Advice for women who are cheating on their husbands

By Faeza/Move! Magazine
07 July 2017

"Is it worth the risk?" asks our expert.

Anonymous writes:

I AM a happily married woman of 35. My husband and I have three beautiful daughters

and great careers. Our sex life is fulfilling but not too great. We both know that we

didn’t fall in love with one another purely out of physical attraction. Ours was a rational

and calculated love, which eventually led to us planning a life together. The complication: About six months ago, I reconnected with a man I have a history with. He and I had an amazing and passionate affair years ago. But at the time, we were both dating

the attraction is still as strong. He is also now married. We see each other several times a

week, have truly explosive sex, and go home feeling like we are 25 years old again. Neither one of us plans to leave our respective partners, but our love goes beyond time and space. Our love exists in spite of earthly circumstances. We both really respect each other’s marriages and keep boundaries. We never call each other or send text messages during family times. We don’t want to destroy what the other has. Are we fooling ourselves,

thinking that this affair will last forever? Are we so wrong

to be doing this?

Linda Yende responds: 

FIRSTLY, I need to tell you that this is a very unusual situation for me to advise

on. Most women who are unfaithful are in unhappy marriages. Ordinarily, my question

would be: what are you hoping for? But I will ask a different question: Is this affair worth the risk? From the sound of things, you are hoping for things to stay exactly the same as they have been for the past six months. You want to continue playing happy family at

home and playing lovers with your old flame at every opportunity you get. But at what cost? Have you considered the fact that this would destroy both your families, if it ever

came out?


From what you are saying, neither one of you wants to leave their respective spouses for each other. And neither one of you loves your respective spouses any less. So, really, the situation here is that you want me to tell you how wrong what you are doing is. But there is nothing I can tell you that you don’t already know. All I can say is that you are playing a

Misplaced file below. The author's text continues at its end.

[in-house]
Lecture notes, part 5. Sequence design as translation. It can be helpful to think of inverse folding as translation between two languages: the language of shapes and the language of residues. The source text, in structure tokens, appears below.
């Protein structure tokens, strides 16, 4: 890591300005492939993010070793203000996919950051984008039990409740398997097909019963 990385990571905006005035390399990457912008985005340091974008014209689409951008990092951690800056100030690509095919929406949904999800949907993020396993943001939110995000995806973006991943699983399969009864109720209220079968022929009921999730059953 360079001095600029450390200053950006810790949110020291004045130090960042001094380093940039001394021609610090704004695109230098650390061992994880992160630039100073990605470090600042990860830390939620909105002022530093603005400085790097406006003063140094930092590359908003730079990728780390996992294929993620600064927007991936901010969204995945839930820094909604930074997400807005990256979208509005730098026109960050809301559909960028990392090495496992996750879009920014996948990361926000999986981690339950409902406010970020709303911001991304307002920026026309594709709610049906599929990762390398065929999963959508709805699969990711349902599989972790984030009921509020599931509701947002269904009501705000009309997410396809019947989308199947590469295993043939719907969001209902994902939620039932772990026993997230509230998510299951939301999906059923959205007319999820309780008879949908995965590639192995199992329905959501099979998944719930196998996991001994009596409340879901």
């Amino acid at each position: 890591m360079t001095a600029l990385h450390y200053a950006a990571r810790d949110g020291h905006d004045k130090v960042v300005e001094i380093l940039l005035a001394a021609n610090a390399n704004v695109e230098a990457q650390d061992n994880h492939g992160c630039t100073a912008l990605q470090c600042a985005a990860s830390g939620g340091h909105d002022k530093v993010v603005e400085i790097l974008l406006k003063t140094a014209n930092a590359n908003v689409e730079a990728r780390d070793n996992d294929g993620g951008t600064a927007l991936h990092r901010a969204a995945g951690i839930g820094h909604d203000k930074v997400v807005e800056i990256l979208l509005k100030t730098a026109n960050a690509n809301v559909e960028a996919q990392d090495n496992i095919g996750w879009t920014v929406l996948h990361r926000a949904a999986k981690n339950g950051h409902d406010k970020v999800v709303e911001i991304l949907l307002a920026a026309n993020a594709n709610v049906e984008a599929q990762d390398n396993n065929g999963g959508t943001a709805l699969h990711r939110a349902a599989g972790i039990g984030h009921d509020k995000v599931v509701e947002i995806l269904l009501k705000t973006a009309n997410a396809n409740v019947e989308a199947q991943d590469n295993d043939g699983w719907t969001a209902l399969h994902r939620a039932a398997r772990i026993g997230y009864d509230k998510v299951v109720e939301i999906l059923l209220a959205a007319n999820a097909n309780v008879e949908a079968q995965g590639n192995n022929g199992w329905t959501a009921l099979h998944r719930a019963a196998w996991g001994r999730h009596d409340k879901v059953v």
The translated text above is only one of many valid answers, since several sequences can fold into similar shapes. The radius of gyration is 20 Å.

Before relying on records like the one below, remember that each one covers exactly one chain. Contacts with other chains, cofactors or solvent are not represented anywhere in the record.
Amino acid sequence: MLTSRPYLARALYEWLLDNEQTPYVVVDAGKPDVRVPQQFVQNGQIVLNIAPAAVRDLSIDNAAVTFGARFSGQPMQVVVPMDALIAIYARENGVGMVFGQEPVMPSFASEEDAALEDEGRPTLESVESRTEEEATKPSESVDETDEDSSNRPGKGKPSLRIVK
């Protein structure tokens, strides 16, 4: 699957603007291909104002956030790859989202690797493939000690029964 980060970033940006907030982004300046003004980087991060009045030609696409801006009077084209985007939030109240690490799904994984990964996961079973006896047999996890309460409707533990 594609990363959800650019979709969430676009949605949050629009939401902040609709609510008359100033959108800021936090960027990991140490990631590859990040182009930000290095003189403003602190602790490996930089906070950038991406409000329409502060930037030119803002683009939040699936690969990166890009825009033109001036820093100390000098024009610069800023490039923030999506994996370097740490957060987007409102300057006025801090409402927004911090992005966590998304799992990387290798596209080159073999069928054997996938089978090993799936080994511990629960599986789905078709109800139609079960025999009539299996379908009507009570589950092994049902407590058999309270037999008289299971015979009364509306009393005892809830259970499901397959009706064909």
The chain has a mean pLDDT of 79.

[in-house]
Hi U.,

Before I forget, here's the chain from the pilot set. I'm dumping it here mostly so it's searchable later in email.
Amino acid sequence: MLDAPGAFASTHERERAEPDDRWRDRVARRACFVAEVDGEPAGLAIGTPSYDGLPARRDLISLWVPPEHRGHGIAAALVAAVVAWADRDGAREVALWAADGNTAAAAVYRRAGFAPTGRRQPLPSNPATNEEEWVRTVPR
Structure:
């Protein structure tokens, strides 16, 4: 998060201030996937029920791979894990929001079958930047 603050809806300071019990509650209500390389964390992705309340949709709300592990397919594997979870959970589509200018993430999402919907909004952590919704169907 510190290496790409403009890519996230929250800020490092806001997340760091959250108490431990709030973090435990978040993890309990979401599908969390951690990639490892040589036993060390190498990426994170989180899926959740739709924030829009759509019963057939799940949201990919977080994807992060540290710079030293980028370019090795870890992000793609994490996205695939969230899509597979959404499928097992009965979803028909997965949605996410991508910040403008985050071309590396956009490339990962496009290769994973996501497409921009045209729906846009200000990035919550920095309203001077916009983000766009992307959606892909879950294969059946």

very dangerous game that will hurt other people in the process. A marriage is not just about individuals, it’s about two families coming together. You two risk causing pain to four families here. The risks you are taking might be exciting but at what cost?


All that I am saying to you is this is a potentially explosive situation that you are better off taking yourself out of, immediately. It will be hard to ignore your feelings and end the affair but it needs to be done. This is the one time where you need to put your needs and feelings aside and sacrifice your personal gratification for the greater good. You see, whichever way you look at it, you will all end up getting hurt and, as I mentioned, hurting so many other people in the process. If you had any illusions about this relationship of yours, I would have very different advice.


Clearly, you see no end in sight. You know where you stand and exactly what is at stake, should this come out. My guess is that you are under the illusion that nothing will ever go wrong, here. That is a very false sense of security. So much can go wrong, and probably will, when you least expect it. I realise that what I am doing right now is like telling a person who loves sky diving or riding a motorbike really fast to stop doing so, because

it is dangerous. As much as their fun activity might be one that could potentially take

their lives and hurt their entire family, the thrill and excitement of their activity outweighs their fear of things going wrong. The person will hear me but they are too hooked on the thrill and feel that they are taking a calculated risk each time. I am almost certain that you are in exactly the same situation. Judging from your letter to me, I can tell that you are not asking for advice on how to stop at all. You are just speaking out because you want to

unburden your soul and hear someone telling you what you already know. Be very careful about what you are doing as this may come back to bite you. You are also a mother,

so you should also think about your children. In response to your questions: Yes, you are fooling yourselves. The love can last forever, but the relationship cannot. It is possible to love each other from a distance and spare other people the heartache of finding out

about your affair. You had what you had all those years ago. Be glad for the memories you shared and move on with your lives.